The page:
December 10, 2013
A bribery blast from the past
The call by a prosecutor to sentence former president Fernando de la Rúa to six years in prison for his alleged part in the bribing of Peronist senators to have the labour reform bill approved in 2000 might sound like small change for committing such an evil deed. But the news here is that a former president, once again like Carlos Menem when convicted for gun running, is facing a court investigation and could serve time for wrongdoing. This old scandal has been half-forgotten by public opinion, because it was overshadowed by the financial meltdown of 2001, but it was the bribery allegations that prompted the resignation of then vice-president Carlos “Chacho” álvarez in disgust at the time. álvarez, who was the leader of the centre-left Frepaso party, effectively brought to an end the Alliance coalition government headed by De la Rúa, a Radical. The specifics of the defunct Radical-Frepaso Alliance have also been forgotten, but in De la Rúa’s Cabinet the Labour Ministry went to a Frepaso man: Alberto Flamarique. The prosecutor’s decision on Thursday to call for Flamarique’s acquittal could raise a few eyebrows because the then labour minister was the official quoted by teamster Hugo Moyano as bragging at the time that he had the funds of “a debit card” to deal with any resistance from the Peronist caucus in the Senate.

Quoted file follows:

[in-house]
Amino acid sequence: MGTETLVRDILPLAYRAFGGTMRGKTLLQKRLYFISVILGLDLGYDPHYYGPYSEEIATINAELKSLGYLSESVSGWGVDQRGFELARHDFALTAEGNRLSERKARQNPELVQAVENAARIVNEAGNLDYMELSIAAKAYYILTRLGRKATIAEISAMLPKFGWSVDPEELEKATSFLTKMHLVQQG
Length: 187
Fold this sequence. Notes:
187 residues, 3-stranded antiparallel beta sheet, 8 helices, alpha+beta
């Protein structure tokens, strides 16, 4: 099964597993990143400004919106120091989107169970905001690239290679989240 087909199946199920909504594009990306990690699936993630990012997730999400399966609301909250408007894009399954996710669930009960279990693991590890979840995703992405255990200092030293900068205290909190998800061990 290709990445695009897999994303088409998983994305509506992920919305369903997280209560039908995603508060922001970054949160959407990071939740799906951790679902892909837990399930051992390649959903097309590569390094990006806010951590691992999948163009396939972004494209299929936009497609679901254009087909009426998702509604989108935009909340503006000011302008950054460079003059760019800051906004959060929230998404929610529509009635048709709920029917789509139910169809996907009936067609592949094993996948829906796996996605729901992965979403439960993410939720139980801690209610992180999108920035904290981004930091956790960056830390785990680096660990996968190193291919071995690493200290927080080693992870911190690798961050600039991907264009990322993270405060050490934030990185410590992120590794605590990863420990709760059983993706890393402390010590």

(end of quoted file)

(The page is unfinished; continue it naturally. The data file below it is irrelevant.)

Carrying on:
Flamarique could well be off the hook even when the impression 13 years ago was that he was named presidential chief-of-staff by De la Rúa, once that he was out of the labour ministry, for protection. The prosecutor has come to the conclusion that there was no way that the SIDE state-intelligence service could have secretly earmarked 4.3 million pesos in bribe money (equal to the same amount of dollars at the time) without De la Rúa knowing what was going on.
De la Rúa has claimed innocence and he will no doubt continue to do so until a ruling is handed down. But this case has a whistleblower, the former Senate official Mario Pontaquarto, who has said in court that he was in on the meetings where the Radical bigwigs offered Peronist senators money to vote in favour of the bill. De la Rúa’s personal political nightmare was the product of a weak political position partly due to the fact that he did not control the Senate. The actors of this sad saga have climbed off the main political stage a long time ago. But the case itself should not be forgotten if former officials are found guilty.